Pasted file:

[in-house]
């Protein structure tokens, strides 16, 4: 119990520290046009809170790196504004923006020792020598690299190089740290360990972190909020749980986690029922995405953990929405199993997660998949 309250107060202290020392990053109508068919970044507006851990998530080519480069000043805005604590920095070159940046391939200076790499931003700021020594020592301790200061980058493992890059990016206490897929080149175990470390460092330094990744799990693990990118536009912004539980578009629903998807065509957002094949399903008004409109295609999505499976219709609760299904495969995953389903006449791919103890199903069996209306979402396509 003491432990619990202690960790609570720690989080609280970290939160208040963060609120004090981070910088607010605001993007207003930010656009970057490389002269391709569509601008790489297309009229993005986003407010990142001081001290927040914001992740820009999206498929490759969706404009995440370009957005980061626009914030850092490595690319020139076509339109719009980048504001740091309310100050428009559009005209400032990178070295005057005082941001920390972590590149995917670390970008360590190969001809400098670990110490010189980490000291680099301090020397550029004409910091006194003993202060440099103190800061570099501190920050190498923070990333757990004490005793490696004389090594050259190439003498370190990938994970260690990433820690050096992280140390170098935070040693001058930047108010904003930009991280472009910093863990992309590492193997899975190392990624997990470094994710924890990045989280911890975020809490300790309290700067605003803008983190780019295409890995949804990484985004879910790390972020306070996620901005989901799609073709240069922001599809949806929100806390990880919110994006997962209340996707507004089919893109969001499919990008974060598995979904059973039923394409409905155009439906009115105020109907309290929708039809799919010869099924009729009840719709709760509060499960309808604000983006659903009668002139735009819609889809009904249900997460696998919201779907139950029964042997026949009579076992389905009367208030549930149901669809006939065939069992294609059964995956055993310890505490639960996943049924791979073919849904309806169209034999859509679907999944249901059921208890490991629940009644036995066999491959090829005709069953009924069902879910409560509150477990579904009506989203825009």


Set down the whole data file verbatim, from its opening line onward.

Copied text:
[in-house]
């Protein structure tokens, strides 16, 4: 119990520290046009809170790196504004923006020792020598690299190089740290360990972190909020749980986690029922995405953990929405199993997660998949 309250107060202290020392990053109508068919970044507006851990998530080519480069000043805005604590920095070159940046391939200076790499931003700021020594020592301790200061980058493992890059990016206490897929080149175990470390460092330094990744799990693990990118536009912004539980578009629903998807065509957002094949399903008004409109295609999505499976219709609760299904495969995953389903006449791919103890199903069996209306979402396509 003491432990619990202690960790609570720690989080609280970290939160208040963060609120004090981070910088607010605001993007207003930010656009970057490389002269391709569509601008790489297309009229993005986003407010990142001081001290927040914001992740820009999206498929490759969706404009995440370009957005980061626009914030850092490595690319020139076509339109719009980048504001740091309310100050428009559009005209400032990178070295005057005082941001920390972590590149995917670390970008360590190969001809400098670990110490010189980490000291680099301090020397550029004409910091006194003993202060440099103190800061570099501190920050190498923070990333757990004490005793490696004389090594050259190439003498370190990938994970260690990433820690050096992280140390170098935070040693001058930047108010904003930009991280472009910093863990992309590492193997899975190392990624997990470094994710924890990045989280911890975020809490300790309290700067605003803008983190780019295409890995949804990484985004879910790390972020306070996620901005989901799609073709240069922001599809949806929100806390990880919110994006997962209340996707507004089919893109969001499919990008974060598995979904059973039923394409409905155009439906009115105020109907309290929708039809799919010869099924009729009840719709709760509060499960309808604000983006659903009668002139735009819609889809009904249900997460696998919201779907139950029964042997026949009579076992389905009367208030549930149901669809006939065939069992294609059964995956055993310890505490639960996943049924791979073919849904309806169209034999859509679907999944249901059921208890490991629940009644036995066999491959090829005709069953009924069902879910409560509150477990579904009506989203825009």